Watson concludes then:

To legislate, then, is to legislate morality. One can no more avoid legislating morality than one can speak without syntax. One cannot sever morality from the law. Even partisans of the most spartan libertarian conception of the state would themselves employ state power to enforce their vision of the common good. Given this understanding, the term “morals legislation” is, strictly speaking, redundant. The real question is not whether the political community will legislate morality; the question is which vision of morality will be enforced and by what sort of government.

That is the real question.  Who will determine which vision of morality will be enforced and by what sort of government?  That is the real debate.  It isn't, "law should be free from morality" but "whose morality will determine law?"  That is the debate that is raging and yet one side has conveniently convinced both sides that they are free from enforcing their moral code onto the rest of their citizens when in fact they are guilty of the same.  It is imperative then, that the public debate over law not just be about semantics and politics, but about the morality of the law.  The laws we pass say more about our values than we have traditionally thought.  That means, the things we support, defend, and vote for/against reveal what we truly believe.  All law is moral.  Every moral judgment is based on a theology.  Therefore, we are all theologians.   It is time for Americans to begin to have a more substantive debate that gets to the core of the issue, and stop playing verbal politics.


The Public Discourse (Micah Watson) - Why We Can't Help But Legislate Morality

For more:
Blogizomai - Legislating Morality:  We All Do It, But Only a Few Get Blamed For It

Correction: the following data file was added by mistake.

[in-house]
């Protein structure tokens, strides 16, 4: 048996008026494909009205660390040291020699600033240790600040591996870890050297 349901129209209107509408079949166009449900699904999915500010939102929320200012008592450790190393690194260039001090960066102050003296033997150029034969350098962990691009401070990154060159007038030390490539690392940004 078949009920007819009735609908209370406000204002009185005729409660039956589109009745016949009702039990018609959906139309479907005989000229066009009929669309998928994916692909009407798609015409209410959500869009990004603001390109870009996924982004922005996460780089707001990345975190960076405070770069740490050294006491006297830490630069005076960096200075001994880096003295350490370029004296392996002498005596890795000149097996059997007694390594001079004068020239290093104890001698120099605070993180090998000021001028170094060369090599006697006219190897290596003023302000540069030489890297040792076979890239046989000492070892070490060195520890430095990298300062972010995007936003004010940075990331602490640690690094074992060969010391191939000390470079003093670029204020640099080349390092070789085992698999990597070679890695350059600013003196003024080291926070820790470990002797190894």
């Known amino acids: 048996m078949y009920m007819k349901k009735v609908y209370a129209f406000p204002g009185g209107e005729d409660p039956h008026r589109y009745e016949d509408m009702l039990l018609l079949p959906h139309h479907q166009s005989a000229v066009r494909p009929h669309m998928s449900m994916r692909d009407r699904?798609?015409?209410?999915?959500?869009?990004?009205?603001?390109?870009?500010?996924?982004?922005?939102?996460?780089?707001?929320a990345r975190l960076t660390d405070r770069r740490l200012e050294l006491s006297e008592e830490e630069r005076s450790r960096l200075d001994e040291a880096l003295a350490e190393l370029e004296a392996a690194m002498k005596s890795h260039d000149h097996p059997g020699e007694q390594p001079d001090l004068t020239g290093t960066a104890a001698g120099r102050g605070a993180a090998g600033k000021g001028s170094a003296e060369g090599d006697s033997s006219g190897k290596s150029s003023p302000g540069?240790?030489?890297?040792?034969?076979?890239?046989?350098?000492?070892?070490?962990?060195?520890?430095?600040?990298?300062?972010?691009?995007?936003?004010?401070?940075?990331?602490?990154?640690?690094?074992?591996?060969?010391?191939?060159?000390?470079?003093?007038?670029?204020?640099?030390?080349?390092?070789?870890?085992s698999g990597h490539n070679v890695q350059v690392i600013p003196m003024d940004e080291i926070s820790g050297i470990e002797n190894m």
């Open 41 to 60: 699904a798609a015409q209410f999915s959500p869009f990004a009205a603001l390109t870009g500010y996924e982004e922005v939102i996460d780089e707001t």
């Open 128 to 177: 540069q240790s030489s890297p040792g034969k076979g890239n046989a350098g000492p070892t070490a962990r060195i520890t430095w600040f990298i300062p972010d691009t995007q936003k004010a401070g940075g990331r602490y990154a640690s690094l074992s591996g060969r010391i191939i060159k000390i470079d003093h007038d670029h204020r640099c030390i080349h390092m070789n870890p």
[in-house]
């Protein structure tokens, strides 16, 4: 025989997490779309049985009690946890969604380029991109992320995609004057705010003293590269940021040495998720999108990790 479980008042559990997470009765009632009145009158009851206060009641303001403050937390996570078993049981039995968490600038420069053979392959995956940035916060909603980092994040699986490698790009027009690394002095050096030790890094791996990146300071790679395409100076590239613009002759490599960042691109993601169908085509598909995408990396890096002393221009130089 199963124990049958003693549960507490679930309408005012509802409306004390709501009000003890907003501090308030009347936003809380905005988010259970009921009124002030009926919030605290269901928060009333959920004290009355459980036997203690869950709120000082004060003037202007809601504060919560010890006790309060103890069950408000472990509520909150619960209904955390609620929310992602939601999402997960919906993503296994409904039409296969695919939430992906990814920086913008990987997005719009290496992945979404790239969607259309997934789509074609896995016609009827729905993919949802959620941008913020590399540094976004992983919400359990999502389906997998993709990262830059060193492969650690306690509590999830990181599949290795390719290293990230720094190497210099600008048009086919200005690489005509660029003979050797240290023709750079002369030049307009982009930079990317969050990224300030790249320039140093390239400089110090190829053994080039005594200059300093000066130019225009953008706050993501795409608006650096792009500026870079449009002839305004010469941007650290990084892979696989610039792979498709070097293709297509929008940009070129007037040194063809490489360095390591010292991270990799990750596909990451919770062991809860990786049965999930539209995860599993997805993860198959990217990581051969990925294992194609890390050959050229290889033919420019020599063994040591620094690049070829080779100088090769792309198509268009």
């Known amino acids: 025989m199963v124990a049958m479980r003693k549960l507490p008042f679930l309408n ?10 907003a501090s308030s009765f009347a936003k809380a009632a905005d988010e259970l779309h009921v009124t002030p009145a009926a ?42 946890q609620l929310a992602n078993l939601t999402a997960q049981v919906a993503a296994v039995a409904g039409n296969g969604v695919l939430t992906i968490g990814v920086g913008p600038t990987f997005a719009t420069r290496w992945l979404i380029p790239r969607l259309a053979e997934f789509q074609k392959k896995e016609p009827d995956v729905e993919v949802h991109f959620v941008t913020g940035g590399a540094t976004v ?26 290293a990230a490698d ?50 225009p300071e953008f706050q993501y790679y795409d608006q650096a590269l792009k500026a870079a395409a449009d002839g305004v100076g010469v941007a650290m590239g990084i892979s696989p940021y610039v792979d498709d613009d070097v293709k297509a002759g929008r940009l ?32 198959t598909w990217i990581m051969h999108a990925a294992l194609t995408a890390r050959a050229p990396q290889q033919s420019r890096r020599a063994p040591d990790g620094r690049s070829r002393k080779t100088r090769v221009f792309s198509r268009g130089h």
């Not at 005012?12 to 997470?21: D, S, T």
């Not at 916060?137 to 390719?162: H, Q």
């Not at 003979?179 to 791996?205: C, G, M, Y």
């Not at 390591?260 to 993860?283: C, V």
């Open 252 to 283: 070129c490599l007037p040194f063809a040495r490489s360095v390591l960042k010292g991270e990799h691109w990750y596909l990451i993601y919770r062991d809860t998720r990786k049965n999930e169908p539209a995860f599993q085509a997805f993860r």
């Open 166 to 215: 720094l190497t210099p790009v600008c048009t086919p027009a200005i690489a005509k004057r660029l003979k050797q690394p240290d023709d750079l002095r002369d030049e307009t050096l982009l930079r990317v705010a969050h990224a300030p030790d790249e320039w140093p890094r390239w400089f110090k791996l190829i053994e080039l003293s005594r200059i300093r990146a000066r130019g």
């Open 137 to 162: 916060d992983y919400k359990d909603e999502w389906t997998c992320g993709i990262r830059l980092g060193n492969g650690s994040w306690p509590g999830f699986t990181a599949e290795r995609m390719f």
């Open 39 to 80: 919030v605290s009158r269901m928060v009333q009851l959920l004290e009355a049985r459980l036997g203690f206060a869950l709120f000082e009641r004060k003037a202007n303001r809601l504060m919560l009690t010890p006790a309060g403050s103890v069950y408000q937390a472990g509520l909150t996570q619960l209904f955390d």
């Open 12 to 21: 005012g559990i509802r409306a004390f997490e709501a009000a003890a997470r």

Blogizomai - Morality and the Role of Government:  Libertarianism vs. Conservatism - What Rand Paul Has Taught Us

Thursday, February 10, 2011

Theology Thursday | A Fad Within a Movement: What is the Emergent Conversation and Where is it Going?

There has been a lot of interesting developments within the Emerging Church movement lately. It seems that as the days go by, more and more Emergents drop the label and move on to something else. Some are more influential, others less, but many are abandoning ship. The farther left the Emergent movement goes, the smaller the influence and power they have. This was all predictable of course as it is the same story throughout history. The more liberal, the smaller numbers.


But this has raised a question for some: is the Emergent Church Movement a fad or a movement? Its a good question and some have offered their opinions. Here is mine: the Emerging Church is a fad within a movement. Here's my explanation:

From the beginning, the Emerging Church cracked a door that lead to liberalism. Anytime people begin to talk about keeping up with the culture, contextualization, and relevancy, it is inevitable that liberalism will appear down the road. It began whenever Mark Driscoll officially left the movement as he, from early on, saw the dangerous direction of the "conversation." Likewise, others were quick to make a clear distinction between "Emerging" and "Emergent." "Emerging" traditionally meaning the more conservative side while "Emergent" meaning more liberal. The Emerging Church included persons like Dan Kimball while Emergents included Tony Jones, Brian McLaren, Doug Pagitt, and Rob Bell.